WASHINGTON, D.C., (C-Fam) A new UN human rights report called on countries to crack down on pro-life speech and to force social media companies not to block posts with instructions for self-induced abortions.
According to the UN special rapporteur on the right to health, governments have an obligation to ensure that technology companies do not restrict access to information about abortion and must counteract the spreading of “falsehoods” by pro-life organizations online in order to protect abortion rights.
The report focuses on “digital innovation, technologies and the right to health.” The UN expert who nominally prepared the report, or rapporteur in UN parlance, is Dr. Tlaleng Mofokeng, a South African abortionist, host of a television show about sex, and activist for legal “sex work” throughout the world. She frequently uses her UN platform to promote abortion as a right and advance LGBTQ issues since her appointment in 2020.
In her report, Mofokeng insists that “at a minimum, levels of satisfaction of the right to sexual and reproductive health, including abortion,” should be “guided by contemporary human rights instruments and jurisprudence” and the work of UN agencies. She specifically cites the World Health Organization’s 2022 guidance on “safe” abortion.
Attempts to create an international right to abortion by global consensus have been repeatedly rejected by UN member states for decades. Nevertheless, Mofokeng calls on national governments to “undertake sustained information campaigns and educational activities through digital platforms” to counteract “misinformation” from pro-life organizations.
Meanwhile, she praises “informal groups and NGOs” for “fill[ing] the gap left by States in the provision of abortion services,” noting that they may be the only available sources of information “for pregnant people living in places where abortion is highly restricted.”
Mofokeng also notes that some social media platforms “use categorization as a method of gatekeeping, for example information on abortion tagged as explicit material.”
Mofokeng’s report contains a catalog of the calls of abortion groups in recent years. They increasingly complained that their content—including how-to guidelines for self-induced abortions—are being flagged and taken down on social media platforms.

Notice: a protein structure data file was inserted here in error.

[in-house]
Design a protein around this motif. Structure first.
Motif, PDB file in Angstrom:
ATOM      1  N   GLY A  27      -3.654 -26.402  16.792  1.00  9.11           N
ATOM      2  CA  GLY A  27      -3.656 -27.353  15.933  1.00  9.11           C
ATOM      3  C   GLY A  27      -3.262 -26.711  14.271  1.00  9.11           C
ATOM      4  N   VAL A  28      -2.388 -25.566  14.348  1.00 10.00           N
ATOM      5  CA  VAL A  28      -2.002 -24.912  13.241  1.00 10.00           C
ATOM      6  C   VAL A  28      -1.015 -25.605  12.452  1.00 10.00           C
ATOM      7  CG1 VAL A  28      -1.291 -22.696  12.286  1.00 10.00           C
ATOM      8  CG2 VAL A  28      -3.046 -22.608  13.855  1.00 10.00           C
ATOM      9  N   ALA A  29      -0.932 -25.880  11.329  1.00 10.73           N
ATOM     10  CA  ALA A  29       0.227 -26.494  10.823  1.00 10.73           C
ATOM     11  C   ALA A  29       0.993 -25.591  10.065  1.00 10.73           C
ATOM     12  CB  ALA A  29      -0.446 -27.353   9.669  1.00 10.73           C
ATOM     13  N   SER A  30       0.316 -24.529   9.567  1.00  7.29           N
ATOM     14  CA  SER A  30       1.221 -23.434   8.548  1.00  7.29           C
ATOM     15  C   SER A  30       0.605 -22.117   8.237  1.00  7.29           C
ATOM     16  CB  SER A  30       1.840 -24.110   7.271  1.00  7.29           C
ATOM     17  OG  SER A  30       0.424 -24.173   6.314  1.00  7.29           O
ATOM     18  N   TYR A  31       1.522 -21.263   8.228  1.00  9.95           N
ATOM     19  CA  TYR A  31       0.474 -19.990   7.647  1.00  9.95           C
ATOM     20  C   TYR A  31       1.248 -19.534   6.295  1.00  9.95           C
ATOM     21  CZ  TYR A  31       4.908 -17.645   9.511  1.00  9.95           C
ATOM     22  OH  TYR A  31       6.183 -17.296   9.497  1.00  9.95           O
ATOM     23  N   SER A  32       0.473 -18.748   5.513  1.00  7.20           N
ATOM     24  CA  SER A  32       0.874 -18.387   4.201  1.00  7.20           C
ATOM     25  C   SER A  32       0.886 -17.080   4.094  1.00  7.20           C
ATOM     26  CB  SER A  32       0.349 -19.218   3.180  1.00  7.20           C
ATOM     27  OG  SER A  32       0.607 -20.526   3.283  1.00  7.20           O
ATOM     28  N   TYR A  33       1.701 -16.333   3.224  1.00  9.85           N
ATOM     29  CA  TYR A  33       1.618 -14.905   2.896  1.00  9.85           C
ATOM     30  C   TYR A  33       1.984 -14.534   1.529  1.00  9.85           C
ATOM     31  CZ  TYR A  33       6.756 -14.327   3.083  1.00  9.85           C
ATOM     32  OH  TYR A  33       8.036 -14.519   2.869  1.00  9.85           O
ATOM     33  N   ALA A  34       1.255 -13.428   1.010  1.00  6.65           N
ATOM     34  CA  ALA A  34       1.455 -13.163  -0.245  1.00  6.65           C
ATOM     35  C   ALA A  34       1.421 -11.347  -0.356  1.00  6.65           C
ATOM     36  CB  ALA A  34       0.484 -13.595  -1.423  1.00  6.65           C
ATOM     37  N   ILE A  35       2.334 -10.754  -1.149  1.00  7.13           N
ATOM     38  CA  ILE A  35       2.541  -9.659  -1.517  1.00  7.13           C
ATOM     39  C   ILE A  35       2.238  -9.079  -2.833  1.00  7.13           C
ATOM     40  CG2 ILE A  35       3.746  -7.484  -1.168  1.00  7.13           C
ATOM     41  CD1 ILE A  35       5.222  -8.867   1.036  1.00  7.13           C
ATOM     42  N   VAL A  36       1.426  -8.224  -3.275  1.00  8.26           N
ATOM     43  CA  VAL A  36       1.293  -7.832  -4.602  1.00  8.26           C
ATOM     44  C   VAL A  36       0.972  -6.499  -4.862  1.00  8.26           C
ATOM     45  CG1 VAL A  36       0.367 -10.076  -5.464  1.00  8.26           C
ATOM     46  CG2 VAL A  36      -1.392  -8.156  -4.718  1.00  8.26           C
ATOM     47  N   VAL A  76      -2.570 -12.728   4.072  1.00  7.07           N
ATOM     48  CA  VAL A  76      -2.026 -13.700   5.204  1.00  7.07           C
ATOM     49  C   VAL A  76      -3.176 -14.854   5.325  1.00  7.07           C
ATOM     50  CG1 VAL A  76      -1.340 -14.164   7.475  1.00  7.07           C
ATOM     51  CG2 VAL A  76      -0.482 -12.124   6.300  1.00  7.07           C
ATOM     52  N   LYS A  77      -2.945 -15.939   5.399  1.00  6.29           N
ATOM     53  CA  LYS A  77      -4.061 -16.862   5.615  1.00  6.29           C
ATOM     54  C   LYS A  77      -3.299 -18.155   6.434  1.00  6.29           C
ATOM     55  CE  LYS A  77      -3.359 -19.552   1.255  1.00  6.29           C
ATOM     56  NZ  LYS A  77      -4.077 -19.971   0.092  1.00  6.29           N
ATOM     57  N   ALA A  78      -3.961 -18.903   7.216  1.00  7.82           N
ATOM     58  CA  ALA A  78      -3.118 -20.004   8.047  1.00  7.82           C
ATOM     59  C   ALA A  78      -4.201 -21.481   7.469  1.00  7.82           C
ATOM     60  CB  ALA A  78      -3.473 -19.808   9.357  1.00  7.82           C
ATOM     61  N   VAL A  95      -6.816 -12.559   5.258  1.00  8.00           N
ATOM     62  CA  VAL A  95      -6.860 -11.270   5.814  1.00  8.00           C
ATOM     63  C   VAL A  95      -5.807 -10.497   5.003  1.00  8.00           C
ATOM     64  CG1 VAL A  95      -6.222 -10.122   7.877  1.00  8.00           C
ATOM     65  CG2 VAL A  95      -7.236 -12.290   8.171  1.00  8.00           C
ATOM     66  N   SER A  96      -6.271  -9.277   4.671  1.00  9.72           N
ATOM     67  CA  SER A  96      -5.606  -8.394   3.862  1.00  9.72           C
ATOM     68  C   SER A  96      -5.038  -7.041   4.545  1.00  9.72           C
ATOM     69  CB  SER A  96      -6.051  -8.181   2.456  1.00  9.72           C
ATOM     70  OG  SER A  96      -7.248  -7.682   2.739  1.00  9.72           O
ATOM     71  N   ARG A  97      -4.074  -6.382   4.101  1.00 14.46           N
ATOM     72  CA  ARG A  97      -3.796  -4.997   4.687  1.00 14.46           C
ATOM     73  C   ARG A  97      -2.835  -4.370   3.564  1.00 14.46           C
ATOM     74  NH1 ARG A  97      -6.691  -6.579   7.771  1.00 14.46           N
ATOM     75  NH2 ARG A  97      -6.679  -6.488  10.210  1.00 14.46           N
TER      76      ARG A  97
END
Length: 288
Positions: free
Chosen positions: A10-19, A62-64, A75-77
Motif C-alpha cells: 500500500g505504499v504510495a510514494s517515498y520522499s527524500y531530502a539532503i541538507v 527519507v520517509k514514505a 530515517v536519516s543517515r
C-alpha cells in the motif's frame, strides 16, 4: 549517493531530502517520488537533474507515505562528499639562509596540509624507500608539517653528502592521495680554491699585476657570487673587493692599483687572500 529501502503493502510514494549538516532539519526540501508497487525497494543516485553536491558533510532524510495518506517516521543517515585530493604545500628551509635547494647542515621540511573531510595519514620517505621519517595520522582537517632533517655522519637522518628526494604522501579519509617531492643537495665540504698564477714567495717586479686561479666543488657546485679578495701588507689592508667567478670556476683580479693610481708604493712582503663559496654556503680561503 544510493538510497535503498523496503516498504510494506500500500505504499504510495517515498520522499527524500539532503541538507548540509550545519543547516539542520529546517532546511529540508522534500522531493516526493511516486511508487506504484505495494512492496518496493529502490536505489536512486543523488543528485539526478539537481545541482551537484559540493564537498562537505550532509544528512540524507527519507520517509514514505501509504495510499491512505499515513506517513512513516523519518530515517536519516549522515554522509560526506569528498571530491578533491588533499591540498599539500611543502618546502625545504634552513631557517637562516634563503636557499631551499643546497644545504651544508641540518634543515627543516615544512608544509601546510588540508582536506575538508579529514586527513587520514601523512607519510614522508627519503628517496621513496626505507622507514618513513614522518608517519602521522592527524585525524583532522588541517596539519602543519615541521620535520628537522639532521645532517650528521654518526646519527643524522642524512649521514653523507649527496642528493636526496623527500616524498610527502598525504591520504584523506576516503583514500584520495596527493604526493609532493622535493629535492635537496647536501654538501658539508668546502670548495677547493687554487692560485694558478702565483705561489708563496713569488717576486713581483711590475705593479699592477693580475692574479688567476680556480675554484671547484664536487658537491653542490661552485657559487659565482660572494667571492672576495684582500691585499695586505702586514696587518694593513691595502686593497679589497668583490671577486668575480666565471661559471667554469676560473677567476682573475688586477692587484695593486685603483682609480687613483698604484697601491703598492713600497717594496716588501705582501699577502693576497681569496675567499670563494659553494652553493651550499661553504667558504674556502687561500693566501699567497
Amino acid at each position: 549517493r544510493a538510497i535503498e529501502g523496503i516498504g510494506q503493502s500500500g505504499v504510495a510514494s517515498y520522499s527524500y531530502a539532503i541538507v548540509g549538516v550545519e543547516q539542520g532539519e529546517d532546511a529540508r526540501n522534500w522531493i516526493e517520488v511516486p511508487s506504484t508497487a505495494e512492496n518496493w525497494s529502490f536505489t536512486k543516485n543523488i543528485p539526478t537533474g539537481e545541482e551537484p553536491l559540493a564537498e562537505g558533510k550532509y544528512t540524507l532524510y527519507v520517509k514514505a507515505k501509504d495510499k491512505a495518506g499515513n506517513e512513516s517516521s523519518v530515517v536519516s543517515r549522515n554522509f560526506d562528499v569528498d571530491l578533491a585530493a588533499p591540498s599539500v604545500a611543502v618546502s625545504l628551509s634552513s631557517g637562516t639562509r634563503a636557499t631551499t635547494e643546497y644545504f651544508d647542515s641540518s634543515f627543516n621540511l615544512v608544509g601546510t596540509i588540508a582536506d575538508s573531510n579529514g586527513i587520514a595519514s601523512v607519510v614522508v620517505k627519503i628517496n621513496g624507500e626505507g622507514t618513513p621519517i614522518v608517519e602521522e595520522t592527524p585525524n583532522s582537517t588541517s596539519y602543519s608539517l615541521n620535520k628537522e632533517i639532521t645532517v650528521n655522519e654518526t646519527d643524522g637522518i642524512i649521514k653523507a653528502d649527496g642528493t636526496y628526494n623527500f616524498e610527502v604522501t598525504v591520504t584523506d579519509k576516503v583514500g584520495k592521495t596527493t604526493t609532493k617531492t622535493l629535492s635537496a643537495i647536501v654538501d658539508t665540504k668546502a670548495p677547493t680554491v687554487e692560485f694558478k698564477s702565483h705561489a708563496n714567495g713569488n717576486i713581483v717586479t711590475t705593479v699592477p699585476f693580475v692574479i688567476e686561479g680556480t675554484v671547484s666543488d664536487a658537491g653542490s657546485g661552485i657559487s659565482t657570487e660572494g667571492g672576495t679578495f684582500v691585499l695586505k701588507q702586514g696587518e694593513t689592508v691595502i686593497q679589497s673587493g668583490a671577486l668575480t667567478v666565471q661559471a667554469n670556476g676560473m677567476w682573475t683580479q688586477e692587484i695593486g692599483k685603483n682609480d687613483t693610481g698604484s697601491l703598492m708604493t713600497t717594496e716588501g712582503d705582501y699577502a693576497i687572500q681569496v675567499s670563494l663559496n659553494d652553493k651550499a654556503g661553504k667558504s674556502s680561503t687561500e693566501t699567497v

Tweet This: A UN health official and abortionist is calling for a crackdown on pro-life speech and compelling social media to allow info on DIY abortion
Abortion providers and promoters like the International Planned Parenthood Federation (IPPF) have also campaigned against pro-life pregnancy resource centers, and urged online search engines to alter their algorithms to downgrade them in search results in favor of abortion clinics.
Mofokeng—and IPPF—base their claims on the idea that abortion is health care, and since health care is a right, all barriers to accessing abortion must be removed, including what Mofokeng terms “hostile” laws.
Mofokeng decries the “gatekeeping” that censors videos with instructions for self-induced abortion, including information about how to illegally obtain abortion drugs by mail. Yet elsewhere she adopts a double standard when it comes to pro-life groups.
While discussing “falsehoods” spread by pro-life groups, Mofokeng cites an article alleging that “staff at some [pro-life pregnancy resource] centers offer ultrasounds without medical qualifications.”
In its article warning women to avoid pro-life centers, IPPF also invokes credentialism when warning against those offering ultrasounds: “If your scan is being performed by a sonographer, you can ask what training they’ve had and if they are on a register.”
In contrast, when defending their promotion of the sale and distribution of abortion drugs by illegal providers online, abortion advocates insist they are operating accordance with WHO standards.
Editor's note: Rebecca Oas writes for C-Fam. This article first appeared in the Friday Fax, an internet report published weekly by C-Fam (Center for Family & Human Rights), a New York and Washington DC-based research institute. This article appears with permission.